Tried the chemical sprays into the condenser. Helped somewhat, but the smell always returned within a month. Yet I've had Fords, Toyotas, Hondas, Acuras where this has never been a problem (and I live in a VERY arid climate too). Is the A/C system poorly designed or too complex? Who knows.

As for the turbo, I know these Mitsubishi turbos are rock-solid so it must have been abused. But the average driver isn't a grease-monkey who thinks about how to drive/maintain their car to keep the turbo happy. Sadly, according to my mechanic, if you simply follow the manufacturer's instructions on oil changes at the dealership, then you're courting disaster with your turbo. The Volvo service interval on oil changes is every 7,500 miles and claims that conventional dino oil will be used at the dealership unless synthetic is requested. That's nuts. My mechanic says you must religiously replace oil with Castrol Syntec every 4-5k to keep your turbo safe. I've never even heard about keeping revs low at cold temperature, but it makes sense.

I know about the control arms, they're on the list of needed repairs my mechanic gave me, along with struts, strut mounts, upcoming timing belt/water pump change, ignition immobilizer antenna ring and a host of other little things that are needed. Oh, also need new tires. I don't want to spend any more money on this car, so it's going.

I flushed/filled the transmission the day I got it with 48,000 miles on it. My neighbor has a 2005 S60 and put the fear of God in me after he said his transmission had to be replaced at 65,000 miles for about $6,000 because he followed Volvo recommendations and didn't change his fluid. I did the "Gibbons Method" with Mobil 3309 and I'm happy to report that my transmission has always been flawless. I hope it's the same for whoever ends up with this car though.

15th Jun 2015, 19:39

Re: the clouding headlamp polycarbonate lenses, from what I've read, it's UV that does it. Here in NZ, so many Japanese used imports have yellowed lenses. Besides the sun, you need to use "UV-cut" bulbs, not the normal halogens (if it's on halogen bulbs), that might help. I have a 2001 BMW 316TI with the plastic headlamp lenses, and they are very clear, and I park on the street during the daytime when I'm at work, so it's exposed to the sun (and UV is very strong in NZ).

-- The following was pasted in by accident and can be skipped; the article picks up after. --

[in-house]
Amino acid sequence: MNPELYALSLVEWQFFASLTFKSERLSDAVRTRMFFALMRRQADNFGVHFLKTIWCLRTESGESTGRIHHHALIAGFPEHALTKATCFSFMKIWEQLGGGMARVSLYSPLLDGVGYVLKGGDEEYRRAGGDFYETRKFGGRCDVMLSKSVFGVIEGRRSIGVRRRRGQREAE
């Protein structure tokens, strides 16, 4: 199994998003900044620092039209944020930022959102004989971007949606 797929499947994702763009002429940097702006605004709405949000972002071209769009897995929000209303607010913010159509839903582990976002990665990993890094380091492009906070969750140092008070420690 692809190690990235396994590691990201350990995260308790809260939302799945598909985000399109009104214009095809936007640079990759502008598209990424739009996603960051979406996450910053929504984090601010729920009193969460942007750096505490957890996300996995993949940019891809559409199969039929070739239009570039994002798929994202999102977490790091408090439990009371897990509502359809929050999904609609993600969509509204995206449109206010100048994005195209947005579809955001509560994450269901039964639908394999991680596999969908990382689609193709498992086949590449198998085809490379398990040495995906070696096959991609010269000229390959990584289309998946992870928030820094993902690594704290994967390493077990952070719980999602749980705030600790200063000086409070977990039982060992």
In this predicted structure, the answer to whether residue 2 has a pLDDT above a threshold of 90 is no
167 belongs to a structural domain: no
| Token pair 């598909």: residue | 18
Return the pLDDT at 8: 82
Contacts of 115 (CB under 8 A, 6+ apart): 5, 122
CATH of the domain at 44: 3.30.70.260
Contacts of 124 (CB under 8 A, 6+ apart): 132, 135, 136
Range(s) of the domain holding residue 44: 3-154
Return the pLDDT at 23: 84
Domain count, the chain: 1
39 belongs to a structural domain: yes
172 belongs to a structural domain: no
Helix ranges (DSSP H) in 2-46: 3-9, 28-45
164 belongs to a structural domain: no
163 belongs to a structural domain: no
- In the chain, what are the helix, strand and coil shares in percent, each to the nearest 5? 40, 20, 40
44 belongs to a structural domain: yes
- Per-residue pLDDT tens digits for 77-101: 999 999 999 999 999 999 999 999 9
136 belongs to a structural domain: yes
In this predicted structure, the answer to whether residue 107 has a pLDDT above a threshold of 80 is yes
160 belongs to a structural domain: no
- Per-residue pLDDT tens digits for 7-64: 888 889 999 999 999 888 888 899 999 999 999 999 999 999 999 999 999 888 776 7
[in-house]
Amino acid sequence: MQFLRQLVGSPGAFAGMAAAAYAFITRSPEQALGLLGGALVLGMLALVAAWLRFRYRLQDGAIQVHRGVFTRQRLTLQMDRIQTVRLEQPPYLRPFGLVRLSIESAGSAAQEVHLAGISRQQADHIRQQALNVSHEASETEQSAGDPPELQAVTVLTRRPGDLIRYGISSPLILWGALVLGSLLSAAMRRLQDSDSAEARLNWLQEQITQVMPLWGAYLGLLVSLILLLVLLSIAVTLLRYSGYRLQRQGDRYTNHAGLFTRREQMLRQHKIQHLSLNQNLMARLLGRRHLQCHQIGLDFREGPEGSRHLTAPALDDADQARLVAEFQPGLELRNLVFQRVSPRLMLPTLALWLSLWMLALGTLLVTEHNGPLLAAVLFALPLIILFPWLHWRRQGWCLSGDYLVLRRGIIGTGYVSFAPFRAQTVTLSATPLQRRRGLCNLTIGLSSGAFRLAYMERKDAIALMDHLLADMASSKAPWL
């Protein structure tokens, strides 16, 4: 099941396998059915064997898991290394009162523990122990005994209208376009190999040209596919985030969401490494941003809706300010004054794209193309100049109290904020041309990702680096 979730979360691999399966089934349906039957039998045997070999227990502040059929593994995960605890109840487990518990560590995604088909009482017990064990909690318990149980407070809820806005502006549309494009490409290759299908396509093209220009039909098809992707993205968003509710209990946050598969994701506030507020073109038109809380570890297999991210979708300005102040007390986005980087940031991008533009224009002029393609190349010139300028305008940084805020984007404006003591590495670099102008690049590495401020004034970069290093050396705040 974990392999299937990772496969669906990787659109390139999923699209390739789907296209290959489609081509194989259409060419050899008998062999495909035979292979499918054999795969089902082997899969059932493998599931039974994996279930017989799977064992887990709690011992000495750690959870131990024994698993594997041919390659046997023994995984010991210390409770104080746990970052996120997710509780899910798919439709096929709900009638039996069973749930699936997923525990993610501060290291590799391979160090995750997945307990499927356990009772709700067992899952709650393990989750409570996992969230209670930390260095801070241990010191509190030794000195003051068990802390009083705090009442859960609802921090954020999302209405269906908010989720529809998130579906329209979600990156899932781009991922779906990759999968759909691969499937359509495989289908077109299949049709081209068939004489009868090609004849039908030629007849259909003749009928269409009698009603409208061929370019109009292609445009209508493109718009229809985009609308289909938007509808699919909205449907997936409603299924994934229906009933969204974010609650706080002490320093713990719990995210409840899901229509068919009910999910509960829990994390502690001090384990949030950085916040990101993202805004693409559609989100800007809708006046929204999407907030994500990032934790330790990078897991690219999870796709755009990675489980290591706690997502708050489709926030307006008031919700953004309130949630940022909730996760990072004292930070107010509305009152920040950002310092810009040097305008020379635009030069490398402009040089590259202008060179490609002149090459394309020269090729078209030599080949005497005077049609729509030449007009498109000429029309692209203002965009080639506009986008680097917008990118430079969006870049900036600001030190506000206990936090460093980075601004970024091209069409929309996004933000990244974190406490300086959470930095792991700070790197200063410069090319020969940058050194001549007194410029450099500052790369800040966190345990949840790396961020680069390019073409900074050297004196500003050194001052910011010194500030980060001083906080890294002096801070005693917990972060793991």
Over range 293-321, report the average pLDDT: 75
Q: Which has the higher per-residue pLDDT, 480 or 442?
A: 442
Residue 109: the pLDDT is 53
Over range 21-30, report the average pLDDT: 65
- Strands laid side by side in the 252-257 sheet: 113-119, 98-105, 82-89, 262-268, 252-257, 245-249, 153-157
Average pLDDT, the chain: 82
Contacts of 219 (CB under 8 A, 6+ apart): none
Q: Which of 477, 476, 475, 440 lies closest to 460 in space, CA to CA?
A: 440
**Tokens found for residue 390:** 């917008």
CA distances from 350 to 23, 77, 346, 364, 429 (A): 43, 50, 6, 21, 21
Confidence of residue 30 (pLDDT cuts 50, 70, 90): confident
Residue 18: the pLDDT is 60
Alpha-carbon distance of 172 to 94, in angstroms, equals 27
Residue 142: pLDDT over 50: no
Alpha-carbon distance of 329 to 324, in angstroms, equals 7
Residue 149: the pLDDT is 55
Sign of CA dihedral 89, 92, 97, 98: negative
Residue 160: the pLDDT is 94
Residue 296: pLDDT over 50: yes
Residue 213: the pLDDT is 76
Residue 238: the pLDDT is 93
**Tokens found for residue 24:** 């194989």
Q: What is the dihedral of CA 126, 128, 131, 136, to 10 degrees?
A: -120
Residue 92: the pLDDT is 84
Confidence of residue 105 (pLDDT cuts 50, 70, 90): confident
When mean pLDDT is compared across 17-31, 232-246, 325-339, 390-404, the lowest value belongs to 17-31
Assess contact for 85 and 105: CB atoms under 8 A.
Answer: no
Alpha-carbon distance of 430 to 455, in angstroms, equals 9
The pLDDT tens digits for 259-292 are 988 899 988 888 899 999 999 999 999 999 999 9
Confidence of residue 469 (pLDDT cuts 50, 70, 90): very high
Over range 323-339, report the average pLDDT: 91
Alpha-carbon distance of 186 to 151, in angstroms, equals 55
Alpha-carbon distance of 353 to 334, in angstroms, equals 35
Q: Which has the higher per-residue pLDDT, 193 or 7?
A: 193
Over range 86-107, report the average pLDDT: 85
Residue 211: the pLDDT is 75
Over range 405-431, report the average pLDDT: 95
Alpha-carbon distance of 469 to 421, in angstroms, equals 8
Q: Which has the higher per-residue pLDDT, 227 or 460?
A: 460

15th Jun 2015, 22:05

Why do cars sold in America have to have such frequent oil changes? Here in the UK, the minimum is every 10,000 miles. A lot of manufacturers suggest 20k intervals. Is the oil of cheaper/inferior quality in the USA?

ALL modern cars seem to have their problems though. I have never had a rear view mirror go wrong in ANY of the Volvos I have owned (XC90, 4x S60s and V70). However, have had them fail in a Mercedes. I think your dealer may be ripping you off somewhat, as I have never heard of having to reprogram the software for a new seat or rear view mirror?

I wouldn't say my Volvos have all been faultless, but they have all been 100% reliable - I even sold one 2005 car with just under 300k miles and still going strong. Our XC has done 148k with no problems. I too thought about going Japanese, but they are all just soul destroying to drive - it's ALL about the reliability and ONLY that. Boring! Obviously I am in the UK and the American cars we get should have gone out of production about 10 years ago. Who knew car companies to be SO cheap at building cars!

Sorry to hear you're not sticking with Volvo. They have won me over - but all cars are personal choices and EVERYONE is different.